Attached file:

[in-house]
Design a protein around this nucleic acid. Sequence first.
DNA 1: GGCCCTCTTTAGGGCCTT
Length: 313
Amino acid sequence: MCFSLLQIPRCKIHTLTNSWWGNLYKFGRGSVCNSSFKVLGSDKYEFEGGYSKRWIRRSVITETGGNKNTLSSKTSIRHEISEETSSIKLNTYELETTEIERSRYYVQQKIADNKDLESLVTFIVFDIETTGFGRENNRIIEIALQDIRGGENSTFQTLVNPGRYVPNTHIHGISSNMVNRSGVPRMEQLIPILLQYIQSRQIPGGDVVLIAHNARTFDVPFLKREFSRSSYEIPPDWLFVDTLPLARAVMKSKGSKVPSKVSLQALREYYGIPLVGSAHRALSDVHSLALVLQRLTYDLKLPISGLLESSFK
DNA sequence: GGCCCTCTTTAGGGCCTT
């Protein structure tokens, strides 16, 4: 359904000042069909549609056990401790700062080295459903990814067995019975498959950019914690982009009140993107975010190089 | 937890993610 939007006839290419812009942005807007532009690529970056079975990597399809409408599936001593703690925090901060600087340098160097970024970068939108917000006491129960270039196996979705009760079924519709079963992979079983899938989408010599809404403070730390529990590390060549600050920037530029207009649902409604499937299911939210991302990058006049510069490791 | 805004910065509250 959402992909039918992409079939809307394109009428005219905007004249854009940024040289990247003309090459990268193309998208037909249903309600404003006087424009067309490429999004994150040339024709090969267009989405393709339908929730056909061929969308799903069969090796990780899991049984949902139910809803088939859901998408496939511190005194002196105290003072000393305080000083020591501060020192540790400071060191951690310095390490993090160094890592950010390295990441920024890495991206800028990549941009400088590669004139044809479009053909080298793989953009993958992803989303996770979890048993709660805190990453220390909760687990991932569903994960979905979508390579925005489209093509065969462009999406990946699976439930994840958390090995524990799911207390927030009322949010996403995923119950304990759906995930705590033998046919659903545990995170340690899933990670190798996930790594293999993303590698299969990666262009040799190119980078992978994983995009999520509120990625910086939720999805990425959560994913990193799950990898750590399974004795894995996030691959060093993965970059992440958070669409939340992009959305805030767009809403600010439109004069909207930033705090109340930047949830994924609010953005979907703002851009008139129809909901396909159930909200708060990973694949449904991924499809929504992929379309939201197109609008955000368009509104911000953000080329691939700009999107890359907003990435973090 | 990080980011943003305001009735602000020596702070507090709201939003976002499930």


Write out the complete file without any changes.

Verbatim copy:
[in-house]
Design a protein around this nucleic acid. Sequence first.
DNA 1: GGCCCTCTTTAGGGCCTT
Length: 313
Amino acid sequence: MCFSLLQIPRCKIHTLTNSWWGNLYKFGRGSVCNSSFKVLGSDKYEFEGGYSKRWIRRSVITETGGNKNTLSSKTSIRHEISEETSSIKLNTYELETTEIERSRYYVQQKIADNKDLESLVTFIVFDIETTGFGRENNRIIEIALQDIRGGENSTFQTLVNPGRYVPNTHIHGISSNMVNRSGVPRMEQLIPILLQYIQSRQIPGGDVVLIAHNARTFDVPFLKREFSRSSYEIPPDWLFVDTLPLARAVMKSKGSKVPSKVSLQALREYYGIPLVGSAHRALSDVHSLALVLQRLTYDLKLPISGLLESSFK
DNA sequence: GGCCCTCTTTAGGGCCTT
């Protein structure tokens, strides 16, 4: 359904000042069909549609056990401790700062080295459903990814067995019975498959950019914690982009009140993107975010190089 | 937890993610 939007006839290419812009942005807007532009690529970056079975990597399809409408599936001593703690925090901060600087340098160097970024970068939108917000006491129960270039196996979705009760079924519709079963992979079983899938989408010599809404403070730390529990590390060549600050920037530029207009649902409604499937299911939210991302990058006049510069490791 | 805004910065509250 959402992909039918992409079939809307394109009428005219905007004249854009940024040289990247003309090459990268193309998208037909249903309600404003006087424009067309490429999004994150040339024709090969267009989405393709339908929730056909061929969308799903069969090796990780899991049984949902139910809803088939859901998408496939511190005194002196105290003072000393305080000083020591501060020192540790400071060191951690310095390490993090160094890592950010390295990441920024890495991206800028990549941009400088590669004139044809479009053909080298793989953009993958992803989303996770979890048993709660805190990453220390909760687990991932569903994960979905979508390579925005489209093509065969462009999406990946699976439930994840958390090995524990799911207390927030009322949010996403995923119950304990759906995930705590033998046919659903545990995170340690899933990670190798996930790594293999993303590698299969990666262009040799190119980078992978994983995009999520509120990625910086939720999805990425959560994913990193799950990898750590399974004795894995996030691959060093993965970059992440958070669409939340992009959305805030767009809403600010439109004069909207930033705090109340930047949830994924609010953005979907703002851009008139129809909901396909159930909200708060990973694949449904991924499809929504992929379309939201197109609008955000368009509104911000953000080329691939700009999107890359907003990435973090 | 990080980011943003305001009735602000020596702070507090709201939003976002499930």